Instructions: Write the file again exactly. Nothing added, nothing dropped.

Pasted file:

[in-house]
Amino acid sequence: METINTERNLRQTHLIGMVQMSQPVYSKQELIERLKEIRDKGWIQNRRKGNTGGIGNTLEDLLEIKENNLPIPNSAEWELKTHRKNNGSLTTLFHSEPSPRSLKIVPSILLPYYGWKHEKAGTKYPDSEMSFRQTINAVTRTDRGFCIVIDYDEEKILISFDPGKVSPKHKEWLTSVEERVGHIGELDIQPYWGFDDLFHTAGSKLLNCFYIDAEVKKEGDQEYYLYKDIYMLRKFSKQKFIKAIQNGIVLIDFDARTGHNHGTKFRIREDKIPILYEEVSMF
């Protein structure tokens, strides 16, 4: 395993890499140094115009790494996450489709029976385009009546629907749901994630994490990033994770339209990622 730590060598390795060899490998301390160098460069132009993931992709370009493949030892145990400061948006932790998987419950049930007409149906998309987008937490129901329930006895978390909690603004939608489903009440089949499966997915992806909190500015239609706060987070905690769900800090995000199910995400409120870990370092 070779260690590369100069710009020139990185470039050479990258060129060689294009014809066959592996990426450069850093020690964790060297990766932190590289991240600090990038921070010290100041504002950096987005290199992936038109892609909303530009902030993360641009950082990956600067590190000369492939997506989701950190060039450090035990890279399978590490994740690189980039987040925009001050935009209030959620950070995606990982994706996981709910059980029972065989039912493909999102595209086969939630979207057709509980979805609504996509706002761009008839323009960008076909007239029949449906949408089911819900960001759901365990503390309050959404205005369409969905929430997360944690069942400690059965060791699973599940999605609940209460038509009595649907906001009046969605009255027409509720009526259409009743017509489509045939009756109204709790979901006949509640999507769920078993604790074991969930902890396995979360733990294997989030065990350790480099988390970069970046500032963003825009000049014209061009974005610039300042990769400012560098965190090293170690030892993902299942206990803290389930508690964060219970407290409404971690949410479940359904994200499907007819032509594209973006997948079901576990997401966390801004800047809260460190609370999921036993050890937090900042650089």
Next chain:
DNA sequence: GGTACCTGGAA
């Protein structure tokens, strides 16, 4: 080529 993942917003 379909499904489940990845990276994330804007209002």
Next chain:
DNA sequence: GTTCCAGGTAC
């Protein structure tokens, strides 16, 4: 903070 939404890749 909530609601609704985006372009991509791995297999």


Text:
[in-house]
Amino acid sequence: METINTERNLRQTHLIGMVQMSQPVYSKQELIERLKEIRDKGWIQNRRKGNTGGIGNTLEDLLEIKENNLPIPNSAEWELKTHRKNNGSLTTLFHSEPSPRSLKIVPSILLPYYGWKHEKAGTKYPDSEMSFRQTINAVTRTDRGFCIVIDYDEEKILISFDPGKVSPKHKEWLTSVEERVGHIGELDIQPYWGFDDLFHTAGSKLLNCFYIDAEVKKEGDQEYYLYKDIYMLRKFSKQKFIKAIQNGIVLIDFDARTGHNHGTKFRIREDKIPILYEEVSMF
């Protein structure tokens, strides 16, 4: 395993890499140094115009790494996450489709029976385009009546629907749901994630994490990033994770339209990622 730590060598390795060899490998301390160098460069132009993931992709370009493949030892145990400061948006932790998987419950049930007409149906998309987008937490129901329930006895978390909690603004939608489903009440089949499966997915992806909190500015239609706060987070905690769900800090995000199910995400409120870990370092 070779260690590369100069710009020139990185470039050479990258060129060689294009014809066959592996990426450069850093020690964790060297990766932190590289991240600090990038921070010290100041504002950096987005290199992936038109892609909303530009902030993360641009950082990956600067590190000369492939997506989701950190060039450090035990890279399978590490994740690189980039987040925009001050935009209030959620950070995606990982994706996981709910059980029972065989039912493909999102595209086969939630979207057709509980979805609504996509706002761009008839323009960008076909007239029949449906949408089911819900960001759901365990503390309050959404205005369409969905929430997360944690069942400690059965060791699973599940999605609940209460038509009595649907906001009046969605009255027409509720009526259409009743017509489509045939009756109204709790979901006949509640999507769920078993604790074991969930902890396995979360733990294997989030065990350790480099988390970069970046500032963003825009000049014209061009974005610039300042990769400012560098965190090293170690030892993902299942206990803290389930508690964060219970407290409404971690949410479940359904994200499907007819032509594209973006997948079901576990997401966390801004800047809260460190609370999921036993050890937090900042650089």
Next chain:
DNA sequence: GGTACCTGGAA
């Protein structure tokens, strides 16, 4: 080529 993942917003 379909499904489940990845990276994330804007209002």
Next chain:
DNA sequence: GTTCCAGGTAC
């Protein structure tokens, strides 16, 4: 903070 939404890749 909530609601609704985006372009991509791995297999």